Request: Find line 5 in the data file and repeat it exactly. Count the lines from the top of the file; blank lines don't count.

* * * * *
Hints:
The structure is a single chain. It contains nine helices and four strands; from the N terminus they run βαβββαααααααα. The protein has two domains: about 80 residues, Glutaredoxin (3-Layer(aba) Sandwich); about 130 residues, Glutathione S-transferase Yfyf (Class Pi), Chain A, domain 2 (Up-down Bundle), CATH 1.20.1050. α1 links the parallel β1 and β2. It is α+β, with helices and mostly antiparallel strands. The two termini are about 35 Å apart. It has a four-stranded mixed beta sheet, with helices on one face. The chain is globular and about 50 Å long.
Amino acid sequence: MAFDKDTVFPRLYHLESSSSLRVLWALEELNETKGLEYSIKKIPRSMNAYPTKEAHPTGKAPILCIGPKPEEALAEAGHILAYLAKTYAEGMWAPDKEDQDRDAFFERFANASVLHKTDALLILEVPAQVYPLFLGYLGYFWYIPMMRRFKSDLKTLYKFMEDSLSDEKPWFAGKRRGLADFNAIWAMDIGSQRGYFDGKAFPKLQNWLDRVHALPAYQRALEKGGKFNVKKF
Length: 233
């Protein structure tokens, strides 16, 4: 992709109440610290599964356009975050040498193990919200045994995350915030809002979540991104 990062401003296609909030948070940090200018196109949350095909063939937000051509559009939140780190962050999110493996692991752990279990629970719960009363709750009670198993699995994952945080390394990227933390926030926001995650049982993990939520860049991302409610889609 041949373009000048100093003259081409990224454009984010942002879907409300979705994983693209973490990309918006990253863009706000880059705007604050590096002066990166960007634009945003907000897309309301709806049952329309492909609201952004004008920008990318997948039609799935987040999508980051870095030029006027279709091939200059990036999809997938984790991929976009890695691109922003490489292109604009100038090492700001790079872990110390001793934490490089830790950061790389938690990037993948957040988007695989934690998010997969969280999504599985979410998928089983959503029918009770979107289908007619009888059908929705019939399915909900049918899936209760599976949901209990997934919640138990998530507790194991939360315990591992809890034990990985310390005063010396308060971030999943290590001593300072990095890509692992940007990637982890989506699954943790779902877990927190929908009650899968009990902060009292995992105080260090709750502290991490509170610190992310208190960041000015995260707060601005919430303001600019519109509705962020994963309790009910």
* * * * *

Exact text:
């Protein structure tokens, strides 16, 4: 992709109440610290599964356009975050040498193990919200045994995350915030809002979540991104 990062401003296609909030948070940090200018196109949350095909063939937000051509559009939140780190962050999110493996692991752990279990629970719960009363709750009670198993699995994952945080390394990227933390926030926001995650049982993990939520860049991302409610889609 041949373009000048100093003259081409990224454009984010942002879907409300979705994983693209973490990309918006990253863009706000880059705007604050590096002066990166960007634009945003907000897309309301709806049952329309492909609201952004004008920008990318997948039609799935987040999508980051870095030029006027279709091939200059990036999809997938984790991929976009890695691109922003490489292109604009100038090492700001790079872990110390001793934490490089830790950061790389938690990037993948957040988007695989934690998010997969969280999504599985979410998928089983959503029918009770979107289908007619009888059908929705019939399915909900049918899936209760599976949901209990997934919640138990998530507790194991939360315990591992809890034990990985310390005063010396308060971030999943290590001593300072990095890509692992940007990637982890989506699954943790779902877990927190929908009650899968009990902060009292995992105080260090709750502290991490509170610190992310208190960041000015995260707060601005919430303001600019519109509705962020994963309790009910």